A Confluence Attraction
Trailnet (314) 416-9930 for information about bicycle-pedestrian access
Participating Confluence Organizations
National Park Service
City of St. Louis
One-mile bridge crosses Mississippi River between downtown St. Louis and East St. Louis
(By car from Missouri) From downtown St. Louis, proceed east on Washington Avenue toward the Mississippi River. Washington leads directly to the Eads Bridge after crossing 4th Street. Parking is available for a fee at the adjacent Arch lot.
The Bridge was designed and constructed by the engineering genius, James B. Eads. It was undertaken as the first railroad bridge across the Mississippi at St. Louis in order to maintain the city’s economic competitiveness. At one mile, Eads was the longest bridge then in existence. In construction for seven years, the Bridge cost more than $10,000,000 by its dedication on July 4, 1874.
The Eads was the first major bridge to use steel and cantilevered construction, and its designer had to overcome a number of daunting problems. From his knowledge of the river’s shifting bottom and the force of its current, Eads knew the bridge piers would have to cut through up to 100 feet of sand to reach bedrock. The piers themselves would have to be unusually large and few, and the spans would have to be longer than any built thus far. The workmen themselves would be perilously involved in the deepest submarine work yet done. And through it all, river commerce could not be interrupted.
The Eads Bridge was dedicated as a National Historic Landmark in 1964, and was closed to railroad traffic in 1974. A massive, phased renovation project was initiated by the City of St. Louis in 1991. MetroLink service between Missouri and Illinois became available in 1993, and in 2003 the upper deck was once again opened to vehicular, bicycle and pedestrian traffic (as it had been originally).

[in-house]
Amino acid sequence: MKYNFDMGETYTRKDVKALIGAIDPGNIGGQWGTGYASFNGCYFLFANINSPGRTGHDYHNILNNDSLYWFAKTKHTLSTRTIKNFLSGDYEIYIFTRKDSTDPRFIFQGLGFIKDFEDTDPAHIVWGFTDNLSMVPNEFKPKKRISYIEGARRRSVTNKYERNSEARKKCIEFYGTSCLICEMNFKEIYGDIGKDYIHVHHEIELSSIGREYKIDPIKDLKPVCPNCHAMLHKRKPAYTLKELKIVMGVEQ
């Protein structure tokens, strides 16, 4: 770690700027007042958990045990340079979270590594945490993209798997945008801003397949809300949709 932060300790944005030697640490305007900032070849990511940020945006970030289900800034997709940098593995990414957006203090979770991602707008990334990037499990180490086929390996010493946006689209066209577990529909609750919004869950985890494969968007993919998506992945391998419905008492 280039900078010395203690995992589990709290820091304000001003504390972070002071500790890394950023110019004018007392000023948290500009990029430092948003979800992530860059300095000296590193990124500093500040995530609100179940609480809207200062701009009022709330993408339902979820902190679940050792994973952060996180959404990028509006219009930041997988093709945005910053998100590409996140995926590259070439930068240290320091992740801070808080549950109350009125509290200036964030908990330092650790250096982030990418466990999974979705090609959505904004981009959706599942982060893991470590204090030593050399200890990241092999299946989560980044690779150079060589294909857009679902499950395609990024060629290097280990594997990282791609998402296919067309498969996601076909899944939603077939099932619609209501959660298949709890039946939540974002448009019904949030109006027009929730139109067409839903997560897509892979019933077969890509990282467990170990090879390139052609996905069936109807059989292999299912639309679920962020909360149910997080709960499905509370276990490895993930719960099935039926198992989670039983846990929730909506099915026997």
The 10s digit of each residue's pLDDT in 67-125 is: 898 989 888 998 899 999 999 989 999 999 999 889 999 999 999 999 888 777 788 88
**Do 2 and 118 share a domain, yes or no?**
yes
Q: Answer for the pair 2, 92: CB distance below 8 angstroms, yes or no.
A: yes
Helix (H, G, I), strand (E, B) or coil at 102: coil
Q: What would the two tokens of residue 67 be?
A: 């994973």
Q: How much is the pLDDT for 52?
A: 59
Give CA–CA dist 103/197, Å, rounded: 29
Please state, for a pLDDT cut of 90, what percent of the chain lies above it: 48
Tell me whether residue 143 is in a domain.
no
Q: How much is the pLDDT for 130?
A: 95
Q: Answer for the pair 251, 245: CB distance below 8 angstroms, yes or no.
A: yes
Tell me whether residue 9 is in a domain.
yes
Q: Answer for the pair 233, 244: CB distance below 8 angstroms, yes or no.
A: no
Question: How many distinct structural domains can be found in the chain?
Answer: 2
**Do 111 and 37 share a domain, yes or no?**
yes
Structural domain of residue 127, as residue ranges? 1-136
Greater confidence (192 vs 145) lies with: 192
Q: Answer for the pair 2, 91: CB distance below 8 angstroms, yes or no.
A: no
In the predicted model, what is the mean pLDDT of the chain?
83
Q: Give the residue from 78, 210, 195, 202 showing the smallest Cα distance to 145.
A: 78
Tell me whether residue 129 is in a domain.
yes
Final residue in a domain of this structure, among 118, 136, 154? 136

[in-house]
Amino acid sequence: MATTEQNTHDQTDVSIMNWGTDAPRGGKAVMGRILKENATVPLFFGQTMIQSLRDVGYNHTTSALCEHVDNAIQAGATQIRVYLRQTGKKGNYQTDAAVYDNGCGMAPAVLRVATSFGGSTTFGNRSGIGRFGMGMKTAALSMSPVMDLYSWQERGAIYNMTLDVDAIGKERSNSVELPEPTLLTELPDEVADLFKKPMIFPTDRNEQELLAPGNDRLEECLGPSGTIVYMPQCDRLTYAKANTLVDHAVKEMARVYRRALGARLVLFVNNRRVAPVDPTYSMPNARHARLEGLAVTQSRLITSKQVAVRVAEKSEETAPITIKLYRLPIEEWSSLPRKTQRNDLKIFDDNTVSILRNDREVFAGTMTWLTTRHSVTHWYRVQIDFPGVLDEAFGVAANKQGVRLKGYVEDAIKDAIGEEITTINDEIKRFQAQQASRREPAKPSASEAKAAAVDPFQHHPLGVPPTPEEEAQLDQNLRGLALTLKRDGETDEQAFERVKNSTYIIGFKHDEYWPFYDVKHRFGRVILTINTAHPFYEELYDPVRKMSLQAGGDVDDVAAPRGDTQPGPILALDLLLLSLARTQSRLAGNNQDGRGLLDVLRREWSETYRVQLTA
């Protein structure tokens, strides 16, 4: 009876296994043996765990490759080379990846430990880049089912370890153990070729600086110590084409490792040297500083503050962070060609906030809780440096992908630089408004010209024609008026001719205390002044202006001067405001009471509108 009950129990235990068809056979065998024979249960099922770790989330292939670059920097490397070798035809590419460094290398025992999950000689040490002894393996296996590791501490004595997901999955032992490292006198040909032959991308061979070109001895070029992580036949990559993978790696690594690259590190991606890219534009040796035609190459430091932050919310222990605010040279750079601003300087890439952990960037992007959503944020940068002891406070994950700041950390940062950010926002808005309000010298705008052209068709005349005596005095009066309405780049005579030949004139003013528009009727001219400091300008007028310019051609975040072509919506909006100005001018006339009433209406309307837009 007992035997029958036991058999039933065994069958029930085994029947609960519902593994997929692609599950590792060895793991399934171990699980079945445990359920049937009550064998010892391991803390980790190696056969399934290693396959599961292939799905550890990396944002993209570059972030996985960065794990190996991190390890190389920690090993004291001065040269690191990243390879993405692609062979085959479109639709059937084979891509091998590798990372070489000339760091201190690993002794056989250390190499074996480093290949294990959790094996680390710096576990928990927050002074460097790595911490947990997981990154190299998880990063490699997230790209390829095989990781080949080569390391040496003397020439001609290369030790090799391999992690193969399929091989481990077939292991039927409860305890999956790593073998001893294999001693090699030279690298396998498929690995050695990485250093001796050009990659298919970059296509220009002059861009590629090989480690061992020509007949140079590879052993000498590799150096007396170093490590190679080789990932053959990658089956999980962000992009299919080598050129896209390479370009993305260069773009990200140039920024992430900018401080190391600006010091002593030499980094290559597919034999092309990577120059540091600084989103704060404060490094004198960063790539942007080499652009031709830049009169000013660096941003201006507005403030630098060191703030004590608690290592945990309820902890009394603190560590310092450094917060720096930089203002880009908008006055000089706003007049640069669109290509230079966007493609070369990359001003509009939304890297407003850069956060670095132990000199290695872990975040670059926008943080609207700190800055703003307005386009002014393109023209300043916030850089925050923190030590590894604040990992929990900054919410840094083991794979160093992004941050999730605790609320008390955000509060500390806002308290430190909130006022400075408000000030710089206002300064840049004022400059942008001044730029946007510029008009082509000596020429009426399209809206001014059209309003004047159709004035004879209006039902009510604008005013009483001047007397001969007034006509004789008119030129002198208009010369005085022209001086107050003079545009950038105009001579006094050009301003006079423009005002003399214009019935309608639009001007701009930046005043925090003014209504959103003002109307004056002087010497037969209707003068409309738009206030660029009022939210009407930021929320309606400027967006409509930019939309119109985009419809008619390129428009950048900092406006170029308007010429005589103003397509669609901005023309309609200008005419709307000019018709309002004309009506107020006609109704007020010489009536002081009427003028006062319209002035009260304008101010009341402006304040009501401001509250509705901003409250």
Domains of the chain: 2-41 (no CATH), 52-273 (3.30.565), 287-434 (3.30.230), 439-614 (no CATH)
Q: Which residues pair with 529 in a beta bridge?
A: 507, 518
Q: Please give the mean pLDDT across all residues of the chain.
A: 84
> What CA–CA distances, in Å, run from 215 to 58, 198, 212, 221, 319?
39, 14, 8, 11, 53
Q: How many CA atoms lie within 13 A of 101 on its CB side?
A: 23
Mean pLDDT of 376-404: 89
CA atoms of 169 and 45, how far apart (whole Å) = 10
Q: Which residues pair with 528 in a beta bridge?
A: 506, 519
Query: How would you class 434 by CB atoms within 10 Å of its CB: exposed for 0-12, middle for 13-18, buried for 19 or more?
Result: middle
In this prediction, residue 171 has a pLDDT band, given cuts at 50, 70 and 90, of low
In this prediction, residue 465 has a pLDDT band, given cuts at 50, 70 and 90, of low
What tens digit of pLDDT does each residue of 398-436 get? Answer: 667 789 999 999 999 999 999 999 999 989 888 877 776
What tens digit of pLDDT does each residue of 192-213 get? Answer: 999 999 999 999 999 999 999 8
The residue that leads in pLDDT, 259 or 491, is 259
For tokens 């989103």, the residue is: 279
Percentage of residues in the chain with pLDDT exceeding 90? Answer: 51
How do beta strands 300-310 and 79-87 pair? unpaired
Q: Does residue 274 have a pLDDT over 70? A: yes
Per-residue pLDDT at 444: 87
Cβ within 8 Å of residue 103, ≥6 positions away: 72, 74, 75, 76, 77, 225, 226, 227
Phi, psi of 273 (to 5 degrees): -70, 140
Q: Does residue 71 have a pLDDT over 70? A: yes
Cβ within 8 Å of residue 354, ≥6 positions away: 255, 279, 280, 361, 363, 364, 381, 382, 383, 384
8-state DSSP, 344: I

Dedicated, protected bicycle-pedestrian lane on upper deck, open at all times, “shares the road” with motor vehicles
MetroLink transit service on lower deck
Historically influenced railings and lighting permit closing the bridge to traffic for special events
The bridge’s Missouri terminus is located a short distance from the 12-mile St. Louis Riverfront Trail (also described on this website)
When the final section of the MCT Confluence Trail along the Illinois levee is connected to the Eads Bridge, a 26-mile riverside trail loop will be created between the Eads and Old Chain of Rocks Bridges. This loop will be an important “backbone” for the network of urban trails and neighborhood connector trails now being developed in Missouri and Illinois.
Working in partnership, the City of St. Louis and Trailnet raised public and private funds to design and install historically influenced railings and pedestrian lighting, thus enhancing the bridge for daily use by bicyclists and pedestrians, as well as for periodic special events on the entire bridge. One of these, “Eats Bridge”, was held in conjunction with the Summer 2004 "Riversplash" event celebrating the Lewis and Clark Bicentennial festivities.
For more information about the Eads Bridge, see
For more information on nearby trails, see